and can proxy for income. It provides a cheaper, more easily verifiable, and harder to game alternative to means-testing. Data is collected on both income and potential indicators on a sample of the population. Indicators are selected and their relative importance established through statistical analysis or calibration. The indicators, weighted appropriately, are then used across the population to predict whether an individual or a household qualifies as poor. The method is less target efficient than direct means testing. How it performs relative to means testing will depend on the goodness-of-fit and out-of-sample predictive properties of the statistical or calibration model. This can be improved by estimating or calibrating on the poorest half of the population, by specific region, and urban and rural areas separately. The costs in terms of both type I and type II errors must be weighed against the cost of wider data collection and verification. Examples of systems using proxy means testing are Chile’s Ficha CAS, Colombia’s SISBEN and Mexico’s PROGRESA.
C. Self Selection Self-selecting mechanisms impose disincentives to program participation in the form of work requirements, waiting time, and lower product quality, so as to attract only individuals in need. Examples of this are low-wage workfare programs, queuing for health provision, and lower quality public schooling. This targeting mechanism is inexpensive to administer, and has low leakage because only left-tail individuals are willing to incur the cost of participating. It is also a convenient mechanism for automatically adjusting coverage during periods of crises. Its level of targeting efficiency, however, is unclear and must be estimated case-by-case. One example of a self-selecting program is Argentina’s Trabajar, a workfare program that provides lowwage work to those who need it.
Choice of mechanism Instead of selecting one or the other of the mechanisms available, mechanisms can be combined optimally in different areas or stages of a program. For example, geographical targeting can be used in the case of homogeneously poor communities as long as the proportion of nonpoor in those communities is acceptably low (relative to some policy target or to the administrative cost of the next alternative). This maximizes targeting efficiency and minimizes administrative costs. As the program expands to less homogenous communities, leakage will be-
gin to be a problem. In communities with higher proportions of non-poor, means testing will avoid some leakage particularly if coupled with some mechanisms for self-selection (such as standing in line to apply for the benefit.) With the introduction of means testing, targeting efficiency will decrease. Effort should then be concentrated in reaching excluded individuals, for example, by taking a second look at those who apply but are denied benefits, and outreaching to those who may have been constrained from applying (e.g., street children, disabled). Selfselecting mechanisms will be most useful to minimize market distortions (labor choices, migration, moral hazard), and when an automatic trigger to increase the number of program beneficiaries during periods of crisis is desirable.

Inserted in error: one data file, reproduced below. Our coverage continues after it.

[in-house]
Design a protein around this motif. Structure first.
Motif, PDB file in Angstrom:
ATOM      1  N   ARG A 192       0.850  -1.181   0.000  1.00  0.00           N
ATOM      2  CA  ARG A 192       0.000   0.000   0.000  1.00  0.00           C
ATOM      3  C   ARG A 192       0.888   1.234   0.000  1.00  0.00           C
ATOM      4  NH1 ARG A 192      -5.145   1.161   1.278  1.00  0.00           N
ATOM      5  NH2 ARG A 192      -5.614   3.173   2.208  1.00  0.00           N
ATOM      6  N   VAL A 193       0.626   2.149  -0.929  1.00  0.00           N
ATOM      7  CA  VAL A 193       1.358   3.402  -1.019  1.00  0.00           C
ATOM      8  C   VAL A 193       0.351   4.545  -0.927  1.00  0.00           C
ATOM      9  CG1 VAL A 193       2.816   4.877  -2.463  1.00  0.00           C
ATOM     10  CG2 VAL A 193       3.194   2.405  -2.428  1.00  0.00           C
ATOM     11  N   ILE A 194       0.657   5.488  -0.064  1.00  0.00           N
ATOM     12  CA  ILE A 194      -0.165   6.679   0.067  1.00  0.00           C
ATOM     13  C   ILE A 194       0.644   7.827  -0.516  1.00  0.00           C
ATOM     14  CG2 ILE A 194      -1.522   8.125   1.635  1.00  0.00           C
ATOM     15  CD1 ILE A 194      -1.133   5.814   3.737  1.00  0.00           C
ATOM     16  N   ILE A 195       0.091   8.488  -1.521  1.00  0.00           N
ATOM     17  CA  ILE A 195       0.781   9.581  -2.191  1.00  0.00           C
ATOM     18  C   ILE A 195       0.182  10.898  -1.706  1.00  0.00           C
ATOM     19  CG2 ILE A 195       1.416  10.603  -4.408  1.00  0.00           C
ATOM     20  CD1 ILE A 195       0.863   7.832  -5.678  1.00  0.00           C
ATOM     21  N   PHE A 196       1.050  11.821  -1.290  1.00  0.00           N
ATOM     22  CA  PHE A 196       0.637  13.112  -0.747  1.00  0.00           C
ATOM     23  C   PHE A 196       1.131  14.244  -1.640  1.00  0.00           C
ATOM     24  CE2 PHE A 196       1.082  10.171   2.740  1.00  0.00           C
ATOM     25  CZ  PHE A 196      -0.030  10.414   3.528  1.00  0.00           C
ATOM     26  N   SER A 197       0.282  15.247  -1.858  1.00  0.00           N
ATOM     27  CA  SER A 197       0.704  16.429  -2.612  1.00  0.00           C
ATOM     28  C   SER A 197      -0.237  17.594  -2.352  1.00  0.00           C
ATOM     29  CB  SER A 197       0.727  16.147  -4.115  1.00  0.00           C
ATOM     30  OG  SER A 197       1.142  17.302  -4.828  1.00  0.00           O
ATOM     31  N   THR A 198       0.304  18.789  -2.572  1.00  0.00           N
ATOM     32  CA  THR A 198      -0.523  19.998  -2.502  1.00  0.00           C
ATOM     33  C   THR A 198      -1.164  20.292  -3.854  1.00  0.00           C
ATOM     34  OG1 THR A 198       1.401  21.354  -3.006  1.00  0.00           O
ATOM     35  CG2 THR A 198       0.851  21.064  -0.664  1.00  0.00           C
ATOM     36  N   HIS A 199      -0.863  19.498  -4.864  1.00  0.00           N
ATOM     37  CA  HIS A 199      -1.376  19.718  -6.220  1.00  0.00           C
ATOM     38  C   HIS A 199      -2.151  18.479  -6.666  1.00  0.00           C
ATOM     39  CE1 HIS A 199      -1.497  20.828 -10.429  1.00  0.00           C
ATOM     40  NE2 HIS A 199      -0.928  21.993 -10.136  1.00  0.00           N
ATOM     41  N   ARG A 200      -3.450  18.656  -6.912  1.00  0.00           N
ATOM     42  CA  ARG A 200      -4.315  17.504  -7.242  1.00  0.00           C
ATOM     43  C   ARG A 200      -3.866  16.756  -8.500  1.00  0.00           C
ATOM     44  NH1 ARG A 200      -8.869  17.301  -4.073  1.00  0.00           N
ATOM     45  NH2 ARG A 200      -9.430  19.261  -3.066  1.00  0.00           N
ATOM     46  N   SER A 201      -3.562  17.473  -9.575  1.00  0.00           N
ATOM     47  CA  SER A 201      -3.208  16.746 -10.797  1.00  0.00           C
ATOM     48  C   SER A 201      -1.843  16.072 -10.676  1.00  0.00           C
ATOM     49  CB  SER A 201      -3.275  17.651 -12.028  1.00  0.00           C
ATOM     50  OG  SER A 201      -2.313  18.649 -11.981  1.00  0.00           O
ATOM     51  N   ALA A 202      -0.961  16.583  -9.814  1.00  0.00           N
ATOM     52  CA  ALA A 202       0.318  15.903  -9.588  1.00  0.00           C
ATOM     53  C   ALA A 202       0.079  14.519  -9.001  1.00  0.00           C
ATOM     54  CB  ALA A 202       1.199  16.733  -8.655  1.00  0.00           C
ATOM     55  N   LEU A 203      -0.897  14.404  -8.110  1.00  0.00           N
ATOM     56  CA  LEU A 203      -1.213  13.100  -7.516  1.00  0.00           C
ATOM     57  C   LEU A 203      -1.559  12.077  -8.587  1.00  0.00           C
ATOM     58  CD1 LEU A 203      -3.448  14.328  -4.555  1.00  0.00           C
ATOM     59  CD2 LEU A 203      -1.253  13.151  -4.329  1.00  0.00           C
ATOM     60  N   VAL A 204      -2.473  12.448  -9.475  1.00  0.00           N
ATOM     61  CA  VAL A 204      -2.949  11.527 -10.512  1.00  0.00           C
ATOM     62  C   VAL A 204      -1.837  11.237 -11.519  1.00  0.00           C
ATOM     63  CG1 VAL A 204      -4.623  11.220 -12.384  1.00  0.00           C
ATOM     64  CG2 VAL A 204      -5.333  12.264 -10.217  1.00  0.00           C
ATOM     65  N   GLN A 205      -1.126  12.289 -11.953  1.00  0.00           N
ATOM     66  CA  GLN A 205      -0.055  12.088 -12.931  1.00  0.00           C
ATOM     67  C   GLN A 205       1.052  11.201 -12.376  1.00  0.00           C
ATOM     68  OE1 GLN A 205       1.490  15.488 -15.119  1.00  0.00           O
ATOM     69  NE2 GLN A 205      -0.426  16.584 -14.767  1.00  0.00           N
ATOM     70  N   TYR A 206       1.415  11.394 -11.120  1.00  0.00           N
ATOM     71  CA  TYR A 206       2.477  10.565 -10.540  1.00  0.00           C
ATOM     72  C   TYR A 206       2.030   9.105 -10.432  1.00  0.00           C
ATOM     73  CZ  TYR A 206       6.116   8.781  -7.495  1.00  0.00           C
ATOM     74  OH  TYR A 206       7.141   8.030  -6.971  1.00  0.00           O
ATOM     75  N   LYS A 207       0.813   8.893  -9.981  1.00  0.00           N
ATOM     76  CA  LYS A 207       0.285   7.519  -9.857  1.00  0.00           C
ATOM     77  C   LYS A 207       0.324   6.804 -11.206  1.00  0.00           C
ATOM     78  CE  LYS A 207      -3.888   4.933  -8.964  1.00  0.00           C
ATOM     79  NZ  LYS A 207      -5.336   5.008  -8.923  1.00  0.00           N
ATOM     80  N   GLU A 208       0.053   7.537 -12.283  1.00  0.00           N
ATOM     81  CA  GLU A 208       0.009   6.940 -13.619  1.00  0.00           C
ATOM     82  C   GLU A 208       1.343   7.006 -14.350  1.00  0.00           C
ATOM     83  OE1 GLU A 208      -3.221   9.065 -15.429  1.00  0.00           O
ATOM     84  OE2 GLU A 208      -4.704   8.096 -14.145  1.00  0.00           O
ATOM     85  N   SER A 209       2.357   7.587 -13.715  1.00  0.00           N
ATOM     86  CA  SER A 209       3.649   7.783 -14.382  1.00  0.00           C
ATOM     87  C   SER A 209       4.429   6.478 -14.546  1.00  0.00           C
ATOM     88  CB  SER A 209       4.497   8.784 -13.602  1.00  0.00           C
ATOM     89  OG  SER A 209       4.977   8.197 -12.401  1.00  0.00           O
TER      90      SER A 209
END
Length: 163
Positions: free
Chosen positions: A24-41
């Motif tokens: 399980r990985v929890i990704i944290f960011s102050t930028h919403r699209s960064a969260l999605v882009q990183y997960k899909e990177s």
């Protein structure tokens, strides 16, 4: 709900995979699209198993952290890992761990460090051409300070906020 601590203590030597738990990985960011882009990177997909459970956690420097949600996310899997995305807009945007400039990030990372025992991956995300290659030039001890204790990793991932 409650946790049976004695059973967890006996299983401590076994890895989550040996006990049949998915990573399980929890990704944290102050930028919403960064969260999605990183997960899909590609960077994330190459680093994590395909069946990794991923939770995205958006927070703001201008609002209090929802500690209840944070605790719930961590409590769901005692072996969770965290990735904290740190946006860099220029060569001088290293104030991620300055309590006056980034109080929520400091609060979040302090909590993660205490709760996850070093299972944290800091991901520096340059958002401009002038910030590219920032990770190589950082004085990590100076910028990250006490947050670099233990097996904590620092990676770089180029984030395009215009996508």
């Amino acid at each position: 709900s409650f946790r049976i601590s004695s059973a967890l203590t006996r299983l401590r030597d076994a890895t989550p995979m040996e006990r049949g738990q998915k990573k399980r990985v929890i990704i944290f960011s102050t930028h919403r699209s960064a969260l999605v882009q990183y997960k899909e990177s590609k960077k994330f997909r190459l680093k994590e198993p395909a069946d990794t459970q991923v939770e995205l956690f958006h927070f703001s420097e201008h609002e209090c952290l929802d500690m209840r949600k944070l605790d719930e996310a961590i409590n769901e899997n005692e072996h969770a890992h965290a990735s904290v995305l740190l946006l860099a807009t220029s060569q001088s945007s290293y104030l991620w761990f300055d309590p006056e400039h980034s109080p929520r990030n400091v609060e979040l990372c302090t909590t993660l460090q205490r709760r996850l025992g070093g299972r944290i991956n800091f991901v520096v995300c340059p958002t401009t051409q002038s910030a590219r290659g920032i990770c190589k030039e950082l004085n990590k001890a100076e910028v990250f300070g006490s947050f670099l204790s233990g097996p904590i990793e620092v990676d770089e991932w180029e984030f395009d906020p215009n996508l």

Further Readings Judy L. Baker and Margaret E. Grosh. 1993 "Measuring the Effects of Geographic Targeting on Poverty Reduction." Living Standards Measurement Study, Working Paper No. 99, World Bank, Washington D.C. Gomez de León, José. 1998 “Correlative Dimensions of Poverty in Mexico: Elements for Targeting Social Programs” Working paper. Margaret E. Grosh and Judy L. Baker. 1995 "Proxy Means Tests: Simulations and Speculation for Social Programs." Living Standards Measurement Study, Working Paper No. 118, World Bank, Washington D.C. Heckman, James J. and Jeffrey A. Smith. 1999 “The Pre-Program Earnings Dip and the Determinants of Participation in a Social Program: Implications for Simple Program Evaluation Strategies” NBER Working Paper No. W6983. Ravallion, Martin. 1998 “Appraising Workfare Programs” Technical Study No. POV-12, IDB, Washington D.C. Vélez, Carlos Eduardo, Elkin Castaño and Ruthanne Deutsch. 1998 “An Economic Interpretation of Colombia’s SISBEN: A composite welfare index derived from the optimal scaling algorithm” Working paper, IDB.
Resource Persons External Tarsicio Castañeda Paul Gertler, U.C. Berkeley
IDB César Bouillon Ruthanne Deutsch Arianna Legovini Miguel Székely
this technical note presents some policy guidance on main targeting mechanisms for social programs and criteria for their evaluation. severa...